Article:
It would have seemed unlikely after losing Wade nine games ago. But it seems finally to be a team utilizing its pieces.
With Rondo pushing the ball and Butler playing more in the flow of the offense and shooters like Mirotic and Denzel Valentine spreading out the opposing defense, the Bulls now have made double figure threes a franchise record seven straight games. They were 13 of 26 Sunday. They had 26 assists and now have at least 20 assists in the last 11 games, the best run of the season. In that stretch, they are averaging 27 assists per game. That’s about six more per game since then.
The Bulls had a 14-2 edge Sunday in second chance points, though that’s also because Cousins doesn’t hustle much. But the Bulls also had a whopping 32 fast break points to 12 for the Pelicans. The pace, space and shots have been there. In the last 10 games, the previously somnambulant Bulls are averaging more than 16 fast break points per game. Last season, they were 28th in fast break points. This season they’ve been hovering around 16th or 17th in the league. The last 10 games with Rondo back starting they’ve been top five in the NBA.
The Bulls Sunday continued with the fast starts they talked about all the time, but rarely achieved. They led 17-8 when Rondo’s arrow landed in Butler’s hand for a dunk. Though the highlight, perhaps of the season, came a few minutes earlier when Davis sealed Mirotic on his back and got a pass over the top for the easy layup. No, not against Niko! You get that weak stuff out of here! Mirotic recovered and went up as Davis went up and blocked the ball cleanly. And then Mirotic even saved the ball in bounds for a Rondo runout to Butler for free throws. He’s Bill Russell!
The Pelicans, finally realizing they had the taller guys, then stopped shooting 25 footers and pounded Davis and Cousins inside to get within 23-21. Butler then took over, and when New Orleans doubled he was quick to get the pass inside to Robin Lopez, who was fouled. The Bulls led 28-21 after one quarter.
“That’s our guy right there,” Lopez said of Butler. “We always know we can count on him. When I’m out there, I’m just trying to do what I can to help him out.”
Then it was the bench, often ineffective, more often maligned, that drove up the margin, a 7-0 run with a Valentine three to start the second quarter to go ahead 35-21. And Portis supporting Butler in the second quarter with five of five shooting for 11 points. The Pelicans closed within 45-40 when Lopez took a pass from Butler on a pick and roll and lofted a hook over Cousins, and then came another of the highlights. Butler got switched onto Davis. So New Orleans went to the mismatch. Butler overplayed to deflect the pass for a turnover and then Rondo pushing the ball found Butler for a corner jumper and 49-40 lead. It was like that as every time the Pelicans made a run, the Bulls countered. The Bulls led 63-47 at halftime after a pair of Butler post up baseline fadeaway scores that were Jordan-like, at least post 1995.
“I’m dialed in,” said Butler. “I think I’m rolling. I’m playing well, doing what my team needs me to do.”
Again, the Bulls pushed the lead out after halftime, back to back Rondo fast break scores early in the third quarter for a 72-53 Bulls lead. The ball moved multiple times finding Mirotic and Butler for threes. But New Orleans was too physical inside and remained within 87-79 after three quarters. The problem was with 37 points after three quarters, Butler was about spent.
Again, that reserve group, now with more continuity and a more stable rotation, answered with a 13-2 start to the fourth quarter for a 100-81 lead with 8:36 left in the game. Michael Carter-Williams was doing some clever playmaking with six assists in less than 14 minutes. He found Portis for the 19-point lead.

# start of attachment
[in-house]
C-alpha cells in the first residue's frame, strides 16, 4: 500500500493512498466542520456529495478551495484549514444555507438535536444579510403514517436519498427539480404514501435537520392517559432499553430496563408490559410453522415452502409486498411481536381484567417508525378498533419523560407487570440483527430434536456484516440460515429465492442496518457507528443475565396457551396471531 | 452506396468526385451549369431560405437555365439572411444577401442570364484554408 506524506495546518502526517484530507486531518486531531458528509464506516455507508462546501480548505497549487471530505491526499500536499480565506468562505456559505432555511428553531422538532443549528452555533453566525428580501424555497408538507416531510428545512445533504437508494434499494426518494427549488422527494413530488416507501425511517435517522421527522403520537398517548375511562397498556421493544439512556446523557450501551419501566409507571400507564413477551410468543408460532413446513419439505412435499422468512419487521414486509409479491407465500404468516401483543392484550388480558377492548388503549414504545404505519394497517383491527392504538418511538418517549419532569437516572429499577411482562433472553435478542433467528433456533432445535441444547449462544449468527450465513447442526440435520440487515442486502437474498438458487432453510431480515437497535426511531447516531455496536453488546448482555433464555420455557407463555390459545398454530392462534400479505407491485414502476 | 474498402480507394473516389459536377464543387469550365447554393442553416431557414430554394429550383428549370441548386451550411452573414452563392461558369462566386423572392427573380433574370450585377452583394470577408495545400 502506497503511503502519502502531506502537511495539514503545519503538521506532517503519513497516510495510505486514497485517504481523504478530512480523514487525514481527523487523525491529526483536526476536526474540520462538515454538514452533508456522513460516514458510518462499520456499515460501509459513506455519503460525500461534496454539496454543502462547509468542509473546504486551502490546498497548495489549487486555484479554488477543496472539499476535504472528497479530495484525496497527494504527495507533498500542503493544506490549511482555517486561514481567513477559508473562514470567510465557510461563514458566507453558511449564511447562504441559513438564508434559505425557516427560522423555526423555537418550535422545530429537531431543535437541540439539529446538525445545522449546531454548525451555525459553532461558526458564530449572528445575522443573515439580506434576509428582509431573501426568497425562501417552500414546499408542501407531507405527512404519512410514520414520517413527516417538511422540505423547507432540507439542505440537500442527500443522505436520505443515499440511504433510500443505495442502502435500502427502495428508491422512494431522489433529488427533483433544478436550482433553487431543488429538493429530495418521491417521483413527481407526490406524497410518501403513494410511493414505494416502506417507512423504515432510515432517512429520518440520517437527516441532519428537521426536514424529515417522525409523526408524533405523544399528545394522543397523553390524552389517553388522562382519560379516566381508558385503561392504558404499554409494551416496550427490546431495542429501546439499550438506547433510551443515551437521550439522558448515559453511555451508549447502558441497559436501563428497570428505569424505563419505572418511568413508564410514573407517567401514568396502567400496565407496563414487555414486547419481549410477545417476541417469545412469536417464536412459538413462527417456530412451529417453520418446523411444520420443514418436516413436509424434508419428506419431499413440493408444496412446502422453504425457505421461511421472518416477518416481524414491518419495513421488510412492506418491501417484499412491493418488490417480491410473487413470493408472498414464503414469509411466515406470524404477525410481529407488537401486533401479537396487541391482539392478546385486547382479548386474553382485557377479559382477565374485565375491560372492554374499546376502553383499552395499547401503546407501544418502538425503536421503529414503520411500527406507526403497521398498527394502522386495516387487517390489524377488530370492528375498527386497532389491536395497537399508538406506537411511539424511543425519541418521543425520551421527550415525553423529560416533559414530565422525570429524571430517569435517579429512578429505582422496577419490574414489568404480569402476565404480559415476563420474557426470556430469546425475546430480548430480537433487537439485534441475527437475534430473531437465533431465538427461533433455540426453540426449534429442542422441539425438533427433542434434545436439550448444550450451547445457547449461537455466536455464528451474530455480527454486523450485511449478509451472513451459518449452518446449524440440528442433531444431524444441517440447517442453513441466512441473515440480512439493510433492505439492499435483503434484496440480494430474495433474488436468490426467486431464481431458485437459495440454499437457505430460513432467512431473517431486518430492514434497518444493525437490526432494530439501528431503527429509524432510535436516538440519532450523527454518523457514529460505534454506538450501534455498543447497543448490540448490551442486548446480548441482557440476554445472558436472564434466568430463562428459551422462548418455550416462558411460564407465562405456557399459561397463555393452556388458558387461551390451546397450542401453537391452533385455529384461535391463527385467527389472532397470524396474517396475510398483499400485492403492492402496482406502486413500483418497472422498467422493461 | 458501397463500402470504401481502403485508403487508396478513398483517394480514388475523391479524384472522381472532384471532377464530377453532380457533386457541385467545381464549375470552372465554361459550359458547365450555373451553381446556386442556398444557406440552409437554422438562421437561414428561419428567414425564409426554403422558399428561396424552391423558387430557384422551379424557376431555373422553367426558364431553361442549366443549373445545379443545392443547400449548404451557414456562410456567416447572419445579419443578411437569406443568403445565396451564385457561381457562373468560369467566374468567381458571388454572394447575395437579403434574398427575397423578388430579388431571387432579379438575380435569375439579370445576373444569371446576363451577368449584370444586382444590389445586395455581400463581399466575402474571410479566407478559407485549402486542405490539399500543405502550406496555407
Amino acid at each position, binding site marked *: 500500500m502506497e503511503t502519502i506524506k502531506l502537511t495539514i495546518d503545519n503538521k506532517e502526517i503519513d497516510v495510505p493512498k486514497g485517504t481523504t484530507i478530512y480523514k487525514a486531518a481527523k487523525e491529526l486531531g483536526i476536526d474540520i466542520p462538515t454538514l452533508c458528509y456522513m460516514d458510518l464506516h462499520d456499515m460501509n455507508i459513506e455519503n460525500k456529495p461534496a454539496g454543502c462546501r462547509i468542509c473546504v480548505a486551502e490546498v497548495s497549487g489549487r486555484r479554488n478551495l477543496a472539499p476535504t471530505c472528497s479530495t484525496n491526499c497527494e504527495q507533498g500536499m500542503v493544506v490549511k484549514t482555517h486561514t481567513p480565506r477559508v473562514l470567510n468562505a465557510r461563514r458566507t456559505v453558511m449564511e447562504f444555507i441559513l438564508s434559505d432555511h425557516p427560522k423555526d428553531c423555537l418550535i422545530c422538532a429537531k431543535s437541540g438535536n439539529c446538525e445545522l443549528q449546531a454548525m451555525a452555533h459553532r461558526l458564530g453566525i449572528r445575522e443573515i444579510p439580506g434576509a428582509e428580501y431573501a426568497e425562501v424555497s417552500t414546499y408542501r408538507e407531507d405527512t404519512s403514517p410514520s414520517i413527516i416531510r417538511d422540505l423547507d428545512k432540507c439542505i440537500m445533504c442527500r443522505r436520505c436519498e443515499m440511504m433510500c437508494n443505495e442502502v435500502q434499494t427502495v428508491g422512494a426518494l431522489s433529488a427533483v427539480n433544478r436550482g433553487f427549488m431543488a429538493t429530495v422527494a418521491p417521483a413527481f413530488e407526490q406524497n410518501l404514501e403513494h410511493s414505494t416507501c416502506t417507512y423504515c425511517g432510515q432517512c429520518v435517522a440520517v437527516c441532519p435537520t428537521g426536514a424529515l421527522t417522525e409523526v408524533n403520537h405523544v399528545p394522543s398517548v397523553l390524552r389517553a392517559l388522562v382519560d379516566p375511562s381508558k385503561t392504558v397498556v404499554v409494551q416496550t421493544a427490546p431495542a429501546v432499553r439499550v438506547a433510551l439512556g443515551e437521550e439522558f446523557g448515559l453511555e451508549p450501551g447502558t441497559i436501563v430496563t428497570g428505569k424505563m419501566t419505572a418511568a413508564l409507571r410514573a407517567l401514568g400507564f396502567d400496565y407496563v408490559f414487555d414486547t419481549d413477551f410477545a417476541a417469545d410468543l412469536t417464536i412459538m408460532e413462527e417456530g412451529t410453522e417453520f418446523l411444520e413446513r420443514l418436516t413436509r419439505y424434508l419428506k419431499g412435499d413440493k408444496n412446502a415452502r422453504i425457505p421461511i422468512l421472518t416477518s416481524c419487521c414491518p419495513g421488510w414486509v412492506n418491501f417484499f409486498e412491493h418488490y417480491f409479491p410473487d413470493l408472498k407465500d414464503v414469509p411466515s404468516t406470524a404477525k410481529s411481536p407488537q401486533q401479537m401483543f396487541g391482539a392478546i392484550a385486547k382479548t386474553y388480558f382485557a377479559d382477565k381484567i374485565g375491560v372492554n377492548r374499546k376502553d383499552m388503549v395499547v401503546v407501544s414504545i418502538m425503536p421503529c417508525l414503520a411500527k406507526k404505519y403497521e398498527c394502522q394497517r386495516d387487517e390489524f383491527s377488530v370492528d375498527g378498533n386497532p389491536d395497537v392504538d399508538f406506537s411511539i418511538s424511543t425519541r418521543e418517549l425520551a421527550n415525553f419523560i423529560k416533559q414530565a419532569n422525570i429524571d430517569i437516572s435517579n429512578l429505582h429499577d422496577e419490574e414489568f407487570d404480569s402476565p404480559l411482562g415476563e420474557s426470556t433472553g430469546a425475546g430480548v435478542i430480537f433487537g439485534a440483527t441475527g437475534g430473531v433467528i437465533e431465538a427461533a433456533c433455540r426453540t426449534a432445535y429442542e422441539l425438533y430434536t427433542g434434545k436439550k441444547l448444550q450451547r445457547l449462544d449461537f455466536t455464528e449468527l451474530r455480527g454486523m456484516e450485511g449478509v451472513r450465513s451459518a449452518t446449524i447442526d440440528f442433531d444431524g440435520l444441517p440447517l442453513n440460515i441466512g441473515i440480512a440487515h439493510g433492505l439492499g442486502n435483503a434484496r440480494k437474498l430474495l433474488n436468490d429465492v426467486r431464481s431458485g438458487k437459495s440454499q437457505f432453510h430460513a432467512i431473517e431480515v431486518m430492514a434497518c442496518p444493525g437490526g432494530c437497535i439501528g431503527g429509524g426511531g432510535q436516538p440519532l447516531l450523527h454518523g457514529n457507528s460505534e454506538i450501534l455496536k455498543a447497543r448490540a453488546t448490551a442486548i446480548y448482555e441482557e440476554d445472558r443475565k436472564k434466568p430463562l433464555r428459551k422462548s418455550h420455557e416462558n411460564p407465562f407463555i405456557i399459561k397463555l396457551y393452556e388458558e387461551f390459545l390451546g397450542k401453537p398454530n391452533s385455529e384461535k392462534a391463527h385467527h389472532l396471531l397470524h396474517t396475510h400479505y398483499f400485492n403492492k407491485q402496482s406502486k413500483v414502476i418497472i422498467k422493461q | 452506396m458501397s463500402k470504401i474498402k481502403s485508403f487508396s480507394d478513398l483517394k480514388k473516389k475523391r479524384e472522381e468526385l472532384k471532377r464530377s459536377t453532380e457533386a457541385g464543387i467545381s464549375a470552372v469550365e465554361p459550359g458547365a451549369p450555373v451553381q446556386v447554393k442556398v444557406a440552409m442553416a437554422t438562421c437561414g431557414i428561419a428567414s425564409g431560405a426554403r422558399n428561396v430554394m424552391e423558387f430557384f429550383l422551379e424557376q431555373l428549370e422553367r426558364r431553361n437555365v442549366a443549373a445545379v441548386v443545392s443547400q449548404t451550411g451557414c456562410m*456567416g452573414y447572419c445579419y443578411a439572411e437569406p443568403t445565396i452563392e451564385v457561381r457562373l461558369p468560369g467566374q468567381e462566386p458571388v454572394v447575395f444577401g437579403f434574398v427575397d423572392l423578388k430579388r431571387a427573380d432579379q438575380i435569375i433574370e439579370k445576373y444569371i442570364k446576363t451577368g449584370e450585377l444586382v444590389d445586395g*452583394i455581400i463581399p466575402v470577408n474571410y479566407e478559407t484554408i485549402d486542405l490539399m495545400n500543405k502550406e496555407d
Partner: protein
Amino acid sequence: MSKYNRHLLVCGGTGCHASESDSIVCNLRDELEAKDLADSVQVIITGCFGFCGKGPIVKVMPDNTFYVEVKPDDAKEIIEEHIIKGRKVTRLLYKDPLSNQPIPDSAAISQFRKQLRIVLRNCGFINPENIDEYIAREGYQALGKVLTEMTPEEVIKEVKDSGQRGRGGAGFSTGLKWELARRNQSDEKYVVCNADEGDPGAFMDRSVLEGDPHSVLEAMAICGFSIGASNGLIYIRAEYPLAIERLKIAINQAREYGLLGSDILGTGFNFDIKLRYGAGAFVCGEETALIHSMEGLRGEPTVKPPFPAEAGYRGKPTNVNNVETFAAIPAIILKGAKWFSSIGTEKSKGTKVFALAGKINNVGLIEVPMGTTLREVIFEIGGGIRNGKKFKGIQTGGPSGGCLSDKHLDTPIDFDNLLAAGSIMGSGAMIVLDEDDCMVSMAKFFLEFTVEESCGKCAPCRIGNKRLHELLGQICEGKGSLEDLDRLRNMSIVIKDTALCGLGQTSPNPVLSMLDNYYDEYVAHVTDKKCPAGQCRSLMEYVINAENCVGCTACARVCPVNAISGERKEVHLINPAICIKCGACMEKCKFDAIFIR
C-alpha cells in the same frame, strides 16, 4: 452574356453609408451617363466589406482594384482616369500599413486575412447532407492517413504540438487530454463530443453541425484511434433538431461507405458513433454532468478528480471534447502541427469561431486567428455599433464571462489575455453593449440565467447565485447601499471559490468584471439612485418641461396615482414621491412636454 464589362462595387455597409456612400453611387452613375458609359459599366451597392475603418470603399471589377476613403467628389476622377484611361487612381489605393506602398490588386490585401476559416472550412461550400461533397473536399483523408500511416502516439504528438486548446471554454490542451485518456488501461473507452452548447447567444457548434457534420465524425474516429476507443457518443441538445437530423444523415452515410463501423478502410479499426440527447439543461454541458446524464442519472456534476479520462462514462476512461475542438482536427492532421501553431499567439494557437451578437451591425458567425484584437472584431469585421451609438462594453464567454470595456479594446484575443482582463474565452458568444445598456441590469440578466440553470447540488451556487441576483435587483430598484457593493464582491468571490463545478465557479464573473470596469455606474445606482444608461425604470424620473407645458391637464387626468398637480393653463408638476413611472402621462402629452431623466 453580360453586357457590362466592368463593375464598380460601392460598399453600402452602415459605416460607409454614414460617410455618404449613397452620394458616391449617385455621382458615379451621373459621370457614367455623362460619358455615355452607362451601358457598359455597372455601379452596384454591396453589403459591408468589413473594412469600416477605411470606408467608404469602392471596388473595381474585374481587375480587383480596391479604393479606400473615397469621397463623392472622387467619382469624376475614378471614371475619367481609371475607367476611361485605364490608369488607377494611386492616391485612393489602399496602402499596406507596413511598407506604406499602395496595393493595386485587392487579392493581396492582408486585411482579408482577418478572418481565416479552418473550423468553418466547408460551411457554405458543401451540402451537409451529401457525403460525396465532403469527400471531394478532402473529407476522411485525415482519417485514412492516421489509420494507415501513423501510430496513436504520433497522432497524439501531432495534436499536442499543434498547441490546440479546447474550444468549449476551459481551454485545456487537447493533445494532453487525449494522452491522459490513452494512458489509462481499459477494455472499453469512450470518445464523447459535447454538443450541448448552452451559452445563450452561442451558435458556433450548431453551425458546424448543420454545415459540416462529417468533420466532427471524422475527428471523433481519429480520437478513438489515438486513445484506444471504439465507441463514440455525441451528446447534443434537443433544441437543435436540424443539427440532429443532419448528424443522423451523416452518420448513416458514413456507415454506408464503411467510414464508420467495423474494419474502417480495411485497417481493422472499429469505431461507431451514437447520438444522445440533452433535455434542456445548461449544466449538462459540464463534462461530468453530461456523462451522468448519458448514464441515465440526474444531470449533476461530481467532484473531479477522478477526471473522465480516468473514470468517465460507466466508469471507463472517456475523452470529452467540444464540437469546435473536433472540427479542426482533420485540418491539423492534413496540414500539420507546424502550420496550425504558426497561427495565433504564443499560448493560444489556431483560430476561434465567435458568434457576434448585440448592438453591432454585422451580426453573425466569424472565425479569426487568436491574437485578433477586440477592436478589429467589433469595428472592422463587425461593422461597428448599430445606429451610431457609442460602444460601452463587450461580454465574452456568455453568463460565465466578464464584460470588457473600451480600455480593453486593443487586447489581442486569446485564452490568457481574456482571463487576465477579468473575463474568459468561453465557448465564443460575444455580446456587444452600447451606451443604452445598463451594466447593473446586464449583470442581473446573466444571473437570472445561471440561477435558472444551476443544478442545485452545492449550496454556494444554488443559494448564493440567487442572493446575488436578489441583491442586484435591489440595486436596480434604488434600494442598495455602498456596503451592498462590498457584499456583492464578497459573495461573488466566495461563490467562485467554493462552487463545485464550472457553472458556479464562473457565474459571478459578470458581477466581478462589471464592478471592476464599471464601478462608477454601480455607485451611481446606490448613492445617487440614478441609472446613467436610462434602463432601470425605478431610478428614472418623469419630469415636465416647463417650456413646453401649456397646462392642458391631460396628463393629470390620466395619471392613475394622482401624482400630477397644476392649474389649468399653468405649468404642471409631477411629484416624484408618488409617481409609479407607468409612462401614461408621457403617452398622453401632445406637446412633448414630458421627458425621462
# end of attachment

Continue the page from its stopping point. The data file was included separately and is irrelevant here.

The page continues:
But the Pelicans paraded to the free throw line for six points in an 8-0 run as the Bulls began to hold a bit, trying to run that clock, sort of basketball’s version of prevent offense. Rondo broke a near two-minute scoring drought with a driving scoop and a Lauvergne three with 6:42 left gave the Bulls a 105-91 lead. With the Zipser cross court pass assist.
It wasn’t even clear why Lauvergne was playing with Cristiano Felicio back from the bad back. But Lauvergne made big shots as Cousins refused to come out and guard him, the stretch five taking advantage. The Pelicans kept coming, but Cousins generally sabotages comebacks, and he would again. He fired off some amazingly head scratching threes, one early in the shot clock from 28 feet coming out of a timeout. He also committed two brain dead fourth quarter offensive fouls, knocking Bulls players over like it was roller derby. The second saw Rondo, perhaps a bit dramatically, sprawled spread eagled flat on his back. Zipser pantomimed pumping on his chest to revive him. The Bulls could relax. That was just before a Portis three for the 14-point lead at 108-94 with five minutes left.
But they apparently made Cousins mad. He actually began driving the ball, putting back a miss for a dunk, scaring the heck out of the Bulls, who after Portis’ shot had only a three and that putback from Lauverge as their only scores for almost five minutes. Joffrey Lauvergne also a savior? Europe pays back America?
The Bulls missed six of eight shots, the Pelicans got within six, and then there was that Butler turnover, the Pelicans racing to make it a four-point game and still a chance. If not for Paul Zipser.
Zipser dee doo da, Zipser dee aye
My, oh, my, what a wonder day it was for the Bulls.
Plenty of sunshine coming their way?
The contents of this page have not been reviewed or endorsed by the Chicago Bulls. All opinions expressed by Sam Smith are solely his own and do not reflect the opinions of the Chicago Bulls or its Basketball Operations staff, parent company, partners, or sponsors. His sources are not known to the Bulls and he has no special access to information beyond the access and privileges that go along with being an NBA accredited member of the media.